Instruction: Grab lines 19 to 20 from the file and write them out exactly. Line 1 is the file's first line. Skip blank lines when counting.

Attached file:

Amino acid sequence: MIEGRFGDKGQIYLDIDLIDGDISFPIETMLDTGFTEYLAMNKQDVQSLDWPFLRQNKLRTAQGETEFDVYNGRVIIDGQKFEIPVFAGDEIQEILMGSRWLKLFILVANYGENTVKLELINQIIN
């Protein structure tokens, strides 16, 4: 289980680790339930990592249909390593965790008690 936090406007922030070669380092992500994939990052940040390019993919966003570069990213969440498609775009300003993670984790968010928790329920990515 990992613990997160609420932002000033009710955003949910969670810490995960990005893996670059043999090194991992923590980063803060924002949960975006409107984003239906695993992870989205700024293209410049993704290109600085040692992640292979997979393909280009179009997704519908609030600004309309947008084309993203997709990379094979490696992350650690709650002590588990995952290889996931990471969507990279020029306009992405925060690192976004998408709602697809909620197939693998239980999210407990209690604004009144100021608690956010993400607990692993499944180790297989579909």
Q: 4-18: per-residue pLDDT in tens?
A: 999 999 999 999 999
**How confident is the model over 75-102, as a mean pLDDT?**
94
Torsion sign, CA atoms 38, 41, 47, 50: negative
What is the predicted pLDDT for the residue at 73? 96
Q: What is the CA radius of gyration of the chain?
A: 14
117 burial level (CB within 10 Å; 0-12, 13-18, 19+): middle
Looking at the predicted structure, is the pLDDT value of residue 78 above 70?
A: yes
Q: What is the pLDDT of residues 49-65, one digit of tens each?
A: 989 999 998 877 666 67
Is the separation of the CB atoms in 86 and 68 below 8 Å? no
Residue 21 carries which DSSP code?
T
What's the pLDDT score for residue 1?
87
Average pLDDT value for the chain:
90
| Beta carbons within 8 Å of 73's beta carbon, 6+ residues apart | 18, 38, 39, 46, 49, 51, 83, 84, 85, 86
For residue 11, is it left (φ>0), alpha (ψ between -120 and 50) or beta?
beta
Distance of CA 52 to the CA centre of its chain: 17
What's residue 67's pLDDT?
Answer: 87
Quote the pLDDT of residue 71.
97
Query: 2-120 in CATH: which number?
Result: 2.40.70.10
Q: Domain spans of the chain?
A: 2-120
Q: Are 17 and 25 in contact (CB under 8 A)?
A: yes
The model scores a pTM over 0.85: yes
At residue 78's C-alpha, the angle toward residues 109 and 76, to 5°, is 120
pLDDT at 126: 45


What's the pLDDT score for residue 1?
87